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Three years in, Tampa’s Embarc Collective hits 100 tech startups served

The entrepreneurship and acceleration hub reaches a big milestone ahead of schedule.
The Embarc Collective opened its new startup workspace at 802 E Whiting St. in Tampa in early 2020. The collective has since welcomed its 100th member.
The Embarc Collective opened its new startup workspace at 802 E Whiting St. in Tampa in early 2020. The collective has since welcomed its 100th member. [ SCOTT KEELER | TAMPA BAY TIMES ]
Published Sep. 9
Updated Sep. 9

If the Embarc Collective had charted out a growth timeline when it launched in 2018 — and then opened a shared physical workspace in early 2020 — it definitely wouldn’t have included a global pandemic.

Even if it had, CEO Lakshmi Shenoy couldn’t have foreseen the Tampa startup community growing like it has in that span.

“In the moment, I definitely was not thinking, ‘This is when we are going to double our size,’ Shenoy said. “It’s only now as I can sit and can be reflective that I can say, ‘Yeah, this makes sense.’”

The rapidly evolving digital landscape has kept Embarc members and staff busy over the last 18 months, as local startups have expanded and attracted new investors, and the collective itself has added coaches and resources. In August, the tech entrepreneurship and acceleration hub welcomed its 100th member months ahead of schedule, with more than half of those joining during the coronavirus pandemic.

Established through $10 million in backing from Lightning owner Jeff Vinik, the Embarc Collective was designed to help get Tampa Bay startups off the ground, giving them coaching, training, access to resources and connections to investors and other entrepreneurs that could boost the region’s visibility in the tech world.

Two years later, Tampa is getting recognition as an emerging tech city, with Embarc and Vinik’s Water Street Tampa development often cited as reasons why. In the past year, tech companies like ID.me, Fast and HomeLight have opened Tampa hubs, a sign of the region’s tech boom.

Related: Cybersecurity firm ReliaQuest moving HQ to Water Street Tampa

“Even though those are later-stage companies, they’re huge wins for the overall community,” Shenoy said. “They are able to see that there is a growing amount of talent here that could either be future members of their team, or maybe future acquisitions. The startups that are around here are helping to perpetuate the technology-first culture that we want to grow in this region. From that standpoint, it’s tremendous.”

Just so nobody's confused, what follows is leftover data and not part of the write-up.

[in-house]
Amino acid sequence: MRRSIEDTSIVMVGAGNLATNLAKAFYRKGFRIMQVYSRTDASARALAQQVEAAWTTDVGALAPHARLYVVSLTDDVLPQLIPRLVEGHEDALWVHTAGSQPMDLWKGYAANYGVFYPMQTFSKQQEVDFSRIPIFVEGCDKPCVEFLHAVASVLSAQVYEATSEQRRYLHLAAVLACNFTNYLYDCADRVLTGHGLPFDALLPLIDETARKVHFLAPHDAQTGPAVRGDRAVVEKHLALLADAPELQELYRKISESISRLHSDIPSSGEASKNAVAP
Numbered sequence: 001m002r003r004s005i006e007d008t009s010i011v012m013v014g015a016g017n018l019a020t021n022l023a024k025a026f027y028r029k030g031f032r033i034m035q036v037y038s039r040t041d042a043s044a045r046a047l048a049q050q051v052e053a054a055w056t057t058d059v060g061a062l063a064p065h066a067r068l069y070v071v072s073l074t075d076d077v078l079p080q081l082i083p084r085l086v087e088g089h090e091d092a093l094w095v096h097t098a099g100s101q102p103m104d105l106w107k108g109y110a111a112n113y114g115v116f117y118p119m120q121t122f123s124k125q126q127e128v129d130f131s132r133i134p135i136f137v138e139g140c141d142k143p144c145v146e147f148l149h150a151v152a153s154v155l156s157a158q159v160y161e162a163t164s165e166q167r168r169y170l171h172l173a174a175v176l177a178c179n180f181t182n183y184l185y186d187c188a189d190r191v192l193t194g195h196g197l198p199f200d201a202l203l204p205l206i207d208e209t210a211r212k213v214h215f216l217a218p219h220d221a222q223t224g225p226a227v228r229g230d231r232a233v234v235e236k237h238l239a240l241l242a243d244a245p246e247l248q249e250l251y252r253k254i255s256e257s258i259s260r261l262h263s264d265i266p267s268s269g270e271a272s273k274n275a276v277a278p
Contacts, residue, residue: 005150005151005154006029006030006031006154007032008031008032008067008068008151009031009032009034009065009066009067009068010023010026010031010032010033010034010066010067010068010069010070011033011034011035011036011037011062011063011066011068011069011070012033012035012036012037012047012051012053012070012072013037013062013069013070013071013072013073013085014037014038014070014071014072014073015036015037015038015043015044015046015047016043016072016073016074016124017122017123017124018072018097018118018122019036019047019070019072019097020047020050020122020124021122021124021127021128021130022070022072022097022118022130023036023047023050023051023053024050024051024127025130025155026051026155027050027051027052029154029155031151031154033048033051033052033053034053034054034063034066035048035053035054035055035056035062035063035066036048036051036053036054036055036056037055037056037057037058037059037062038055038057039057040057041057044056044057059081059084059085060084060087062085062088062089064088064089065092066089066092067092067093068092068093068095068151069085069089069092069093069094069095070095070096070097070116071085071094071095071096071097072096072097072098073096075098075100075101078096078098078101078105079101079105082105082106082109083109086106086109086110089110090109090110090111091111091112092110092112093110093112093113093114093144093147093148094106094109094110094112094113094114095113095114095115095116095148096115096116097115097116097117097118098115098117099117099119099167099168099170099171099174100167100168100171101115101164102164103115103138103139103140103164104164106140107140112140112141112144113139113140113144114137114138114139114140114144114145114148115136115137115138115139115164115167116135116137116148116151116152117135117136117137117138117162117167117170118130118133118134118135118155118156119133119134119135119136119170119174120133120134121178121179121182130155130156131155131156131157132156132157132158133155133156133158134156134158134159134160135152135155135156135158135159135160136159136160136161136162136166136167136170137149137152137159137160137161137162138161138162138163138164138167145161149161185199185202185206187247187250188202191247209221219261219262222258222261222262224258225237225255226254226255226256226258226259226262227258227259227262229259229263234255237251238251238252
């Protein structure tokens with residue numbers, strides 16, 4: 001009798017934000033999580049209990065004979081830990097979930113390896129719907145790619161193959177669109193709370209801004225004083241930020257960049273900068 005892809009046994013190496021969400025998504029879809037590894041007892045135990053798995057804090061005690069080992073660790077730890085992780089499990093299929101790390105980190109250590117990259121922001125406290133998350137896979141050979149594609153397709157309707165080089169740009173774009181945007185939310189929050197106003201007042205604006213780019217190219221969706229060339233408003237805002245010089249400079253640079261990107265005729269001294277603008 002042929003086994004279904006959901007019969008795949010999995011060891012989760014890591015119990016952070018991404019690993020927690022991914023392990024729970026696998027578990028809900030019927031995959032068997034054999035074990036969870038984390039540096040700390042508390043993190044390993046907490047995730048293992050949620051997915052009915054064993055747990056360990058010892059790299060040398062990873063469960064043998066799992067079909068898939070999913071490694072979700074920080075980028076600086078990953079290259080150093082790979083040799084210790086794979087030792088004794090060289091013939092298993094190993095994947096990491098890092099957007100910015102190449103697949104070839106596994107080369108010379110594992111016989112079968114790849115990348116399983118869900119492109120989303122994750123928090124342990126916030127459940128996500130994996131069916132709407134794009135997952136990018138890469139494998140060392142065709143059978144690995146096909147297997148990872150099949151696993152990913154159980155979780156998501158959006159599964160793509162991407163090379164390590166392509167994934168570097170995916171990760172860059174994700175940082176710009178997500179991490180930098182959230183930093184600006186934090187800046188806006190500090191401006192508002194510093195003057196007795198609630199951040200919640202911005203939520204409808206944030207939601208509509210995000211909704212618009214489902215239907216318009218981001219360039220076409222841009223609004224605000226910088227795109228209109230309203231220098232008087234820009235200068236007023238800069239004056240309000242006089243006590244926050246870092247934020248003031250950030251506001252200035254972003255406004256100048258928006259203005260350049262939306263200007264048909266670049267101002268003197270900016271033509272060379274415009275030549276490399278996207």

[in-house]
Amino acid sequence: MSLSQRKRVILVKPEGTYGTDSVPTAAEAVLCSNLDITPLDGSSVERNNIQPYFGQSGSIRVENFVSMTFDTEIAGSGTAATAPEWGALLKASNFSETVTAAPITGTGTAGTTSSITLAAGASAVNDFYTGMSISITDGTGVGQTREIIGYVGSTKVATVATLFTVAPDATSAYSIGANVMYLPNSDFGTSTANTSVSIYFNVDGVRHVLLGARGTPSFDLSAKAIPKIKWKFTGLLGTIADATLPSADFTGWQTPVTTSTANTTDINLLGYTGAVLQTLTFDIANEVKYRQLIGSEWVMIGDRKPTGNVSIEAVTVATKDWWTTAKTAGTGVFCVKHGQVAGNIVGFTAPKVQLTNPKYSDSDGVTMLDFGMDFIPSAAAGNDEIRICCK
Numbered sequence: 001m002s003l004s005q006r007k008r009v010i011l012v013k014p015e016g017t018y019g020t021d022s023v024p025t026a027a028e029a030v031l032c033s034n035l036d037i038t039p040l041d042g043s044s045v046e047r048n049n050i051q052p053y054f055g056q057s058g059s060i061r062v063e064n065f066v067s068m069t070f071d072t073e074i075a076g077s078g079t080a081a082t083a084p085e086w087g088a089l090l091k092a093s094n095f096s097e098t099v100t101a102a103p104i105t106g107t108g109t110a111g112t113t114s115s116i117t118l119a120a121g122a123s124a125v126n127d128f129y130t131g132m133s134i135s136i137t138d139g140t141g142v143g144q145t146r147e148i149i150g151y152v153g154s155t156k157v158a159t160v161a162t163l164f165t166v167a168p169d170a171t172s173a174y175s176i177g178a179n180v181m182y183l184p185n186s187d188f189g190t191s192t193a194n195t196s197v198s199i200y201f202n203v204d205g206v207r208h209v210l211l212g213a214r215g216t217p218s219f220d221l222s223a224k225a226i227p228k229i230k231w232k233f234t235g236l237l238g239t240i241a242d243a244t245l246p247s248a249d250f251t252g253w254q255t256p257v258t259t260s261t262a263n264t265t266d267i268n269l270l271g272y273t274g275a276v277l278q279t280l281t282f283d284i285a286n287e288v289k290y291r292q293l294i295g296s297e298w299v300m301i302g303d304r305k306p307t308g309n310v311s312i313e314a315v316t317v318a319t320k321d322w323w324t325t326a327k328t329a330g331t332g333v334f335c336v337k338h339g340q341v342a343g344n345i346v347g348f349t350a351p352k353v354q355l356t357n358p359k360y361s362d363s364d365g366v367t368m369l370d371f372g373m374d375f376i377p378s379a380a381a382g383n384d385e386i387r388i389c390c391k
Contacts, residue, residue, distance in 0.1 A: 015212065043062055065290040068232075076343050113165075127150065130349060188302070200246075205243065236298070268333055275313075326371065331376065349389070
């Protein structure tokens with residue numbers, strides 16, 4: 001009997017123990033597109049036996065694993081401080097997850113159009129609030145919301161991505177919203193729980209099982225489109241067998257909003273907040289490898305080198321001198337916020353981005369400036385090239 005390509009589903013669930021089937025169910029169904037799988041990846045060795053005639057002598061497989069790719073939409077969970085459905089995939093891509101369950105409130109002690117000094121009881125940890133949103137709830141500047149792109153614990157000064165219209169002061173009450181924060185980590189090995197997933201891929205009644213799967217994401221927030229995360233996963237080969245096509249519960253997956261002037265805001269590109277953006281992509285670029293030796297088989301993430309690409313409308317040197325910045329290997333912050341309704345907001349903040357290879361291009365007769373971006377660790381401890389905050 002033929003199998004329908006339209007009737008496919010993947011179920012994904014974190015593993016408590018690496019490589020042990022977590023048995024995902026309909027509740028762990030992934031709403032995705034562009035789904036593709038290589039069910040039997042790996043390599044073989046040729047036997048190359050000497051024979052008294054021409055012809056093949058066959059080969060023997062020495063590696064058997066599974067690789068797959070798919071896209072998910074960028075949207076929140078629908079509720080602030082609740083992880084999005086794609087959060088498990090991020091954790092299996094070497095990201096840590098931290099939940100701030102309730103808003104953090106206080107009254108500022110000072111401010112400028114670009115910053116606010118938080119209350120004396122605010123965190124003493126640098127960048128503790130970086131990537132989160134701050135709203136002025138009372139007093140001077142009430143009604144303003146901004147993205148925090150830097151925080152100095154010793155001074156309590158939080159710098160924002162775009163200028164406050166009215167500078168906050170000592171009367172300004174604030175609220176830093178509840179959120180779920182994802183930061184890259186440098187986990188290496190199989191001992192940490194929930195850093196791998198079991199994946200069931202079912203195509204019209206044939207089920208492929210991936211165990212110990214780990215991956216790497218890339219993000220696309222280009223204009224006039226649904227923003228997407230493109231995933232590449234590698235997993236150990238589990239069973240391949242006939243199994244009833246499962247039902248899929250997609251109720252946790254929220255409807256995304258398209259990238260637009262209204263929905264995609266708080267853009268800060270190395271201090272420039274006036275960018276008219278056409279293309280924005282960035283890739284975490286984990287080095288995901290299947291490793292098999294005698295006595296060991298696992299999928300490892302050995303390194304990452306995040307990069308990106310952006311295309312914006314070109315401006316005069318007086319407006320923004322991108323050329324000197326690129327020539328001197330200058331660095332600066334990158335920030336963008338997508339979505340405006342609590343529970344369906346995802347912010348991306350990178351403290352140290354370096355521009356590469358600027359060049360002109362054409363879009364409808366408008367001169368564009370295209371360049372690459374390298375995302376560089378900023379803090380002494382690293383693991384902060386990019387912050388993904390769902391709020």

The more startups that come along and attract venture capital, the better chance Tampa has of becoming “the Silicon Valley of the South,” said Zac Smith, a senior vice president specializing in mergers and acquisitions with financial advisory firm Embark (which has no relation to Embarc).

“You’re going to see the Microsofts, the Apples, whoever, purchasing some of these firms, and that’s going to continue to boost the economy here, promote jobs, promote education and promote commerce,” Smith said. “We’re truly on the precipice or tipping point of this happening.”

Several Embarc members have already scored national funding. Last fall, Tampa telecom startup Phonism announced a deal with Texas’s Ribbon Communications to be part of the company’s global network of information technology support services.

Phonism is was one of the first 30 or so startups to join Embarc, said CEO Steve Lazaridis. Since then, he estimates the company’s workforce has doubled and revenue has nearly quadrupled. The company is still growing, with employees across the U.S. and in Europe, and is planning a rebrand to help them boost their market share. The access to coaches, strategists and investors Phonism got through Embarc played a role in that, he said.

“When Embarc Collective launched in Tampa, we saw that as an opportunity to become part of a larger ecosystem,” Lazaridis said. “You have someone you can talk to. You have more than one person you can talk to. And everyone’s learning from each other.”

As it passes 100 members in Tampa, Embarc has designs on expanding statewide. The remote-work culture brought about by the pandemic led the company to bring on members in Orlando, Naples and Southwest Florida.

“The support and the way that we are offering help to startups validates a lot of our hypotheses when we got started not so long ago,” Shenoy said. “(Reaching 100 members) was definitely a goal. And now we have to grow that goal.”